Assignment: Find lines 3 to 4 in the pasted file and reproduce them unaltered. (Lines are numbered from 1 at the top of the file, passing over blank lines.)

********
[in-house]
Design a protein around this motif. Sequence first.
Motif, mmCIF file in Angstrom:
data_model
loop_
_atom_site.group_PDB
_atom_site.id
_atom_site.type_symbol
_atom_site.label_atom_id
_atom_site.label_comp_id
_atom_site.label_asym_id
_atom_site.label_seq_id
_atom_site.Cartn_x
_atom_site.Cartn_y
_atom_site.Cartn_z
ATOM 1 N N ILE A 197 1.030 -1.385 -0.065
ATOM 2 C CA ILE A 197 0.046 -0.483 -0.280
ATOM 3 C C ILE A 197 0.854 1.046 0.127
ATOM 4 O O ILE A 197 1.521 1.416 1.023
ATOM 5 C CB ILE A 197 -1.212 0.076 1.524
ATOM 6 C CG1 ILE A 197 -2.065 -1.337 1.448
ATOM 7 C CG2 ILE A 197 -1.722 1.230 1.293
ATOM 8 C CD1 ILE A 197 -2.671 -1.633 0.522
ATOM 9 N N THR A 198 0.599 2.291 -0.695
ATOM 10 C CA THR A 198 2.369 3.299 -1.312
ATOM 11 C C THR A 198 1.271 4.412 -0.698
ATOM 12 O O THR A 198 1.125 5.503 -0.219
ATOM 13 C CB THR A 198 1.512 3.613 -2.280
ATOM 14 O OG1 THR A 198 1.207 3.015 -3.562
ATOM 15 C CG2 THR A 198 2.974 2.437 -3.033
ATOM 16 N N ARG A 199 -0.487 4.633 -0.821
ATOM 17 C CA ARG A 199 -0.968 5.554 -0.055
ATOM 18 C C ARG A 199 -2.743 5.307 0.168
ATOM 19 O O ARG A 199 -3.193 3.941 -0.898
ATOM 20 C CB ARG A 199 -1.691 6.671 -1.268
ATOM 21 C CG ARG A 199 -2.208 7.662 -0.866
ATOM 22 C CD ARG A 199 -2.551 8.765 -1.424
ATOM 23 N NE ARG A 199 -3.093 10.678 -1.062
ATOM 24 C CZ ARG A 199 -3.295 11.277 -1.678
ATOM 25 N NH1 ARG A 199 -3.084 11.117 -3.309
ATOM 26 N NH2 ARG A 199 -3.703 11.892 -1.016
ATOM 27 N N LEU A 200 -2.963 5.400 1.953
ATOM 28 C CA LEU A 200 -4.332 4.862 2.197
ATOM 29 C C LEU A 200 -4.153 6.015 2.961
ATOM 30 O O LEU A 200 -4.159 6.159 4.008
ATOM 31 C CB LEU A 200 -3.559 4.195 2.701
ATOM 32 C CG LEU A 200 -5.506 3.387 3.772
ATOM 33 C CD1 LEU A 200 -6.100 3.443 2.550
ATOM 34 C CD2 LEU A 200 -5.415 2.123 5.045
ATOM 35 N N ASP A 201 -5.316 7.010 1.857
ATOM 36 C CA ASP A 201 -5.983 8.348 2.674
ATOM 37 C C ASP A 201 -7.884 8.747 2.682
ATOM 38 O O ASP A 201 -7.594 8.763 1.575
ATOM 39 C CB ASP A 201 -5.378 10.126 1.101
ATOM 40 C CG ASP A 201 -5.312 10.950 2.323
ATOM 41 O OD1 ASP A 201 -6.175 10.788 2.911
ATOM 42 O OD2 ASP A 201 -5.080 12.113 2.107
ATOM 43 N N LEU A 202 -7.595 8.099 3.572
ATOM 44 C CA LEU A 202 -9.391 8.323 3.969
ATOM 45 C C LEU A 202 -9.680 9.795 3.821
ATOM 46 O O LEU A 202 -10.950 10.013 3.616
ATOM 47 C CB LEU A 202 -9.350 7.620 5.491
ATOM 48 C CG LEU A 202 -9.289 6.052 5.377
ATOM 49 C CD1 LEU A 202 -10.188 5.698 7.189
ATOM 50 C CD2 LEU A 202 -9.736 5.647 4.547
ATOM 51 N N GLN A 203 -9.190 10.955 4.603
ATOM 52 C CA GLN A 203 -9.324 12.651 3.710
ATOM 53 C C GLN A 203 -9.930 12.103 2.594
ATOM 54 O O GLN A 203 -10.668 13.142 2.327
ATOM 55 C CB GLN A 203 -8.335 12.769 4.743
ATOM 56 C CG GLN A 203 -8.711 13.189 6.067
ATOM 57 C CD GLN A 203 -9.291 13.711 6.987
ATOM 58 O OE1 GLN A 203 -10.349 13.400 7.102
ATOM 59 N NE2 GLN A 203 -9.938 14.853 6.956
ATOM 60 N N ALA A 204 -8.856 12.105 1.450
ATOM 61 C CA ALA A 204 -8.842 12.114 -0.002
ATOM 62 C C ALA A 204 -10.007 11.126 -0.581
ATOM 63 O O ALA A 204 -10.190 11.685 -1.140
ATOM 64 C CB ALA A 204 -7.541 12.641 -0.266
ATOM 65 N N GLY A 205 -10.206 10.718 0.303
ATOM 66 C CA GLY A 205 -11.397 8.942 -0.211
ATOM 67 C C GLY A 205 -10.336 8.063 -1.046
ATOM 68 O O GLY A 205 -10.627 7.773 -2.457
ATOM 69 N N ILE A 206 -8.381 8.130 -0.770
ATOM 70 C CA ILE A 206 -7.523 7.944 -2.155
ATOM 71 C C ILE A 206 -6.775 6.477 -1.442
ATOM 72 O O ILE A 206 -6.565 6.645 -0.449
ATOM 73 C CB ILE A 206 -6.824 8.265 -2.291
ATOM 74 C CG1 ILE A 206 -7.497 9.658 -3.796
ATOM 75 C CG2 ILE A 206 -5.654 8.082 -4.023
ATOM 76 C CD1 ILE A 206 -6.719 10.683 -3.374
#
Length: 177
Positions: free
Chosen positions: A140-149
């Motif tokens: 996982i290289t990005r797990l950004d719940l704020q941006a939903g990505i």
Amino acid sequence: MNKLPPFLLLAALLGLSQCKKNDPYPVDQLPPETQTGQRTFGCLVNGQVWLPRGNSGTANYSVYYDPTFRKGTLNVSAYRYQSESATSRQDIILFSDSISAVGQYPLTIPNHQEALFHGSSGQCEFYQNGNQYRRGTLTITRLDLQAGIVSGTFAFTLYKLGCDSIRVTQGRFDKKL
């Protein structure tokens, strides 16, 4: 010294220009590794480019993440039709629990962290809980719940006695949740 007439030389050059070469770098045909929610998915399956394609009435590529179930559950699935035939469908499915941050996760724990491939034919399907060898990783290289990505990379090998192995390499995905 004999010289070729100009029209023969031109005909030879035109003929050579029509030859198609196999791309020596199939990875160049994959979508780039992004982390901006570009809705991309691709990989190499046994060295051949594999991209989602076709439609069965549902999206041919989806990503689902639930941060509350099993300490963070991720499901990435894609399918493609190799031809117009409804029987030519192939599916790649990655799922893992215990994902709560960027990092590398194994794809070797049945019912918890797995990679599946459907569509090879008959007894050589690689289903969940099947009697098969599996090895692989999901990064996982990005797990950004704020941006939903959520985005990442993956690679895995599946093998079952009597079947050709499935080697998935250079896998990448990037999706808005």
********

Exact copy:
Motif, mmCIF file in Angstrom:
data_model